Computer Science professor and former Dean of the College Harry R. Lewis ’68, probably the most vocal faculty critic of the College’s penalties, has long charged that Harvard’s attempts to govern undergraduate social life encroach on Faculty authority and go against University statutes. Lewis has filed two separate faculty motions, both explicitly designed to kill the sanctions.

FAS Dean Smith formed the faculty committee that recommended the social group ban in part to mollify those who, like Lewis, demanded a greater level of faculty involvement. Nevertheless, no part of the College’s social group policy has ever been voted on by the full faculty.

Burke says he thinks pointing out “all of these strange machinations” will be a key argument in “any litigation” going forward. Greg F. Hauser, an attorney who has often worked with Greek organizations, goes one step further.

“Showing that Harvard violated something in its policies or its procedures is probably the most clear-cut way to knock this out,” he says.

Both lawyers note Amherst and Williams made continual attempts to consult students, faculty, and alumni as they debated and developed their respective social group bans. Between 1925 and 1961 (the year before it abolished Greek life), Williams formed at least eight different committees to study social life. It also held one faculty vote, three undergraduate polls, and one student vote on the subject.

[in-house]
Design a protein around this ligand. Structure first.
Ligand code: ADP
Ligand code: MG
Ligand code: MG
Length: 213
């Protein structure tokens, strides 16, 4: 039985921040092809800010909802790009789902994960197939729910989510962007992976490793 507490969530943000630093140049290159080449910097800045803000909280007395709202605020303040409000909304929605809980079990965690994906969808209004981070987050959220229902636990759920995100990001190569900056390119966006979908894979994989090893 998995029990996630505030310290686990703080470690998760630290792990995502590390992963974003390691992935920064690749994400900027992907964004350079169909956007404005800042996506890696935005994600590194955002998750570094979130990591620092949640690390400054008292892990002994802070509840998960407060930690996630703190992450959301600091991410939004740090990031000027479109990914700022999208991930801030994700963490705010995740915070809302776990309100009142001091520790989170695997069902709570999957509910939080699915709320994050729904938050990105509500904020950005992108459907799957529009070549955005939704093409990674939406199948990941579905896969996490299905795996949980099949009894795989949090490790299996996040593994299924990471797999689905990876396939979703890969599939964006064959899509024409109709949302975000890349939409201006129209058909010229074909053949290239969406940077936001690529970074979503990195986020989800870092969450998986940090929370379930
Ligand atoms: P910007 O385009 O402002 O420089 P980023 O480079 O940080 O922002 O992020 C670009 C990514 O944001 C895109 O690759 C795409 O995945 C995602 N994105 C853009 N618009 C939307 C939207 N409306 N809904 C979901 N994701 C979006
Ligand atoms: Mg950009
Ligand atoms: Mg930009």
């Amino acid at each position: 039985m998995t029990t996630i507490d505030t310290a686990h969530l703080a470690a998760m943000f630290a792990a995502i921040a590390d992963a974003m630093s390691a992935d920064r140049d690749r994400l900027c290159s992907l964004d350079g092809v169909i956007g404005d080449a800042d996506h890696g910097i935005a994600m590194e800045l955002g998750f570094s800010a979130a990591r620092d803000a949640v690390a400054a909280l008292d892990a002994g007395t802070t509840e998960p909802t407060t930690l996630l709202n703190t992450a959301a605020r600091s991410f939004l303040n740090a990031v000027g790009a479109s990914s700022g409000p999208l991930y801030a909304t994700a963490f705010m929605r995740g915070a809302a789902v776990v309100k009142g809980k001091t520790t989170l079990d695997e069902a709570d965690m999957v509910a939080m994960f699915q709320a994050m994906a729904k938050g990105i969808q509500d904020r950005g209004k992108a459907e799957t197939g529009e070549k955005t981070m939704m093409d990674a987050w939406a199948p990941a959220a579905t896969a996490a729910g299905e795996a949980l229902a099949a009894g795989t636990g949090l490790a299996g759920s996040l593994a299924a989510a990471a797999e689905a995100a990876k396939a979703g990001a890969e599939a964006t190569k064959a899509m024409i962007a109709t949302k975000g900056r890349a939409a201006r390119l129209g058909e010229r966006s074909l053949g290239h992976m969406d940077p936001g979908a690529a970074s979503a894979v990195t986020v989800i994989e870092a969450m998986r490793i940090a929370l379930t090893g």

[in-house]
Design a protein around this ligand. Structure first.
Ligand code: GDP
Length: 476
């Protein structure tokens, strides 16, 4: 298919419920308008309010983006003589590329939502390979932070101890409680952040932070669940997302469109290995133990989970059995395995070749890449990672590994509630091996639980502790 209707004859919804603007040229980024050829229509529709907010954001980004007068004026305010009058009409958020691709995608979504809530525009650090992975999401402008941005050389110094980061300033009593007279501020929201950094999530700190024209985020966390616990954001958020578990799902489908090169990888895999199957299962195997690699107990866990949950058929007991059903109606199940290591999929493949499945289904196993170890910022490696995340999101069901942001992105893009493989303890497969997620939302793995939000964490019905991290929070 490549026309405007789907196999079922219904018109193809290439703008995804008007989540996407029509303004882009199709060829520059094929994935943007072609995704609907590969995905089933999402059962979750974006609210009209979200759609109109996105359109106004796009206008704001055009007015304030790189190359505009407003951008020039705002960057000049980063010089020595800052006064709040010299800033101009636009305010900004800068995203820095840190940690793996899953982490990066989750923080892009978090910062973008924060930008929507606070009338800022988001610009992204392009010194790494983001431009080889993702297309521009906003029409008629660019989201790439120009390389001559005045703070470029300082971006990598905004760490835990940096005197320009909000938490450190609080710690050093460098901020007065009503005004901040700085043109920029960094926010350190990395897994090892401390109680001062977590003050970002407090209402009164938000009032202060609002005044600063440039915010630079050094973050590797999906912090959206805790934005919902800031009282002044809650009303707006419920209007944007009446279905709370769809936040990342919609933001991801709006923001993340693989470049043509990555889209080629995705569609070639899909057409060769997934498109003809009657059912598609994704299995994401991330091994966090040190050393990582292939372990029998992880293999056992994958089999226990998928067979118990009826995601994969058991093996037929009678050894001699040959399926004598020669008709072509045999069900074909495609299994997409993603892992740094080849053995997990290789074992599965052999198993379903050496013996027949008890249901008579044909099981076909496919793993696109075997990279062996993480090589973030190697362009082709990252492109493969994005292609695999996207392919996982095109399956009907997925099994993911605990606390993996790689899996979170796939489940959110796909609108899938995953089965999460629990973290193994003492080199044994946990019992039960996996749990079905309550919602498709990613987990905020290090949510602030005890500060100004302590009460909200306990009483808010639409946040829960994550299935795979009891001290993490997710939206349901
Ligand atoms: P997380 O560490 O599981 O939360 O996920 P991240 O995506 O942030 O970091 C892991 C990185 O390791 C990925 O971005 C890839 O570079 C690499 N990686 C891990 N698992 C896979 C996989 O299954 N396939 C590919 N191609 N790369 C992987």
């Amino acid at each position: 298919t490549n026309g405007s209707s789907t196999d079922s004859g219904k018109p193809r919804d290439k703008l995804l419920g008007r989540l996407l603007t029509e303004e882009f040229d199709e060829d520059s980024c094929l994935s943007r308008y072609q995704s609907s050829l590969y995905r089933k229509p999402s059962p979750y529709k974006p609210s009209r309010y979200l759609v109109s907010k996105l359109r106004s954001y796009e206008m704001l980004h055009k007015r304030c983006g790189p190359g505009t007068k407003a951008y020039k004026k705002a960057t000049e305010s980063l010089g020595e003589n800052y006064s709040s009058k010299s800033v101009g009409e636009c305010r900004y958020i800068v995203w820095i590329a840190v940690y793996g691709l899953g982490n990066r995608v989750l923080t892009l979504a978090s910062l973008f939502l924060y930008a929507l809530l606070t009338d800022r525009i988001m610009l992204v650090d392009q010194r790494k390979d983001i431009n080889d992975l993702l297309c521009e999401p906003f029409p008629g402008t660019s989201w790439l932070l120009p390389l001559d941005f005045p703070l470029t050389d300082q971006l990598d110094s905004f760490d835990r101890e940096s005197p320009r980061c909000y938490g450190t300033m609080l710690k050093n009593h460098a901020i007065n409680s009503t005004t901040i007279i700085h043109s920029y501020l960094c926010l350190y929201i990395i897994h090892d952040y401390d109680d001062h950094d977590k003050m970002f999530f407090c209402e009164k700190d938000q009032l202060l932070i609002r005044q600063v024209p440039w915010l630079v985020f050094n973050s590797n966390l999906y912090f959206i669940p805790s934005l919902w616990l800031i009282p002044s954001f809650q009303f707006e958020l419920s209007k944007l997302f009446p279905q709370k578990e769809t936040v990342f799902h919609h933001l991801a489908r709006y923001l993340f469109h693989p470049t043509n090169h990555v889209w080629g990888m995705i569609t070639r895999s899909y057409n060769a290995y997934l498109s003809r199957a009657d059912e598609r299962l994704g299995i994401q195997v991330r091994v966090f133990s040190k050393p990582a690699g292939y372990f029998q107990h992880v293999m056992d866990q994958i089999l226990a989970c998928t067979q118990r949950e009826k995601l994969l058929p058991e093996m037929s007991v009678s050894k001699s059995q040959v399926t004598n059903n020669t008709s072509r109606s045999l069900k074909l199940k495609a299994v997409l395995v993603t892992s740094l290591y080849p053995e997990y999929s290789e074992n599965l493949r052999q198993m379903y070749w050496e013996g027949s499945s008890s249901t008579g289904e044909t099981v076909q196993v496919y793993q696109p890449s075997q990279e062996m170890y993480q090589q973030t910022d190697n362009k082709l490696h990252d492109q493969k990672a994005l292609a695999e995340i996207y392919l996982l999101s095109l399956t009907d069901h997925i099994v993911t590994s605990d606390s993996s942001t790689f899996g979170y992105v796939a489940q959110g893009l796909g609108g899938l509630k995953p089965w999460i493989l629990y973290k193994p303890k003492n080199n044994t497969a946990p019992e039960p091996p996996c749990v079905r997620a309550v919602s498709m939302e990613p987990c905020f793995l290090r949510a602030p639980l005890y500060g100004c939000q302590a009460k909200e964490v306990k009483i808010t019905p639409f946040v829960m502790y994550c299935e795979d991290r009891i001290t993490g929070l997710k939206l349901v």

Burke and Hauser also say Harvard’s shifting rationale for its attempts to regulate undergraduate social life could prove a legal liability. Harvard has twice revised its stated motivation for proposing its own ban, shifting the focus of the sanctions away from sexual assault prevention towards the elimination of gender discrimination, and then towards preventing all forms of discrimination.

Like Williams, Harvard initially based its social group recommendations on the troublesome findings of a committee—in the University’s case, the March 2016 report of the Task Force on Sexual Assault Prevention. The task force found that nearly half of surveyed female members of the Class of 2015 who participated in the final clubs—whether as members or partygoers—said they had experienced sexual assault.

In the same March report, the task force called on the College to develop a “plan to address the problems presented” by final clubs. Two months later, Faust announced the sanctions.

But administrators soon began backpedaling away from the idea that sexual harassment at final clubs sparked the College’s social group policy. A set of recommendations for implementing the penalties released in March 2017 declared that sexual assault was “not the sole nor even the primary reason for the policy.” Instead, administrators said the sanctions were meant to combat gender discrimination inherent in the clubs’ membership policies. In an interview from that time, Khurana said he thought the penalties had been “rooted” in eliminating gender discrimination “since the beginning.”

Not three months later, the faculty committee contributed its two cents, broadening the scope of the sanctions to address all forms of discrimination: “Our main reservation about the stated goal of the policy was whether the focus on ending gender segregation and discrimination is too narrow,” members wrote in a July 2017 report. “The committee also has concerns about broader issues in these organizations related to exclusion and conduct… not addressed by the May 2016 policy.”

Burke says these inconsistencies will “absolutely” be a factor in court, should one of Harvard’s affected social groups choose to sue the University.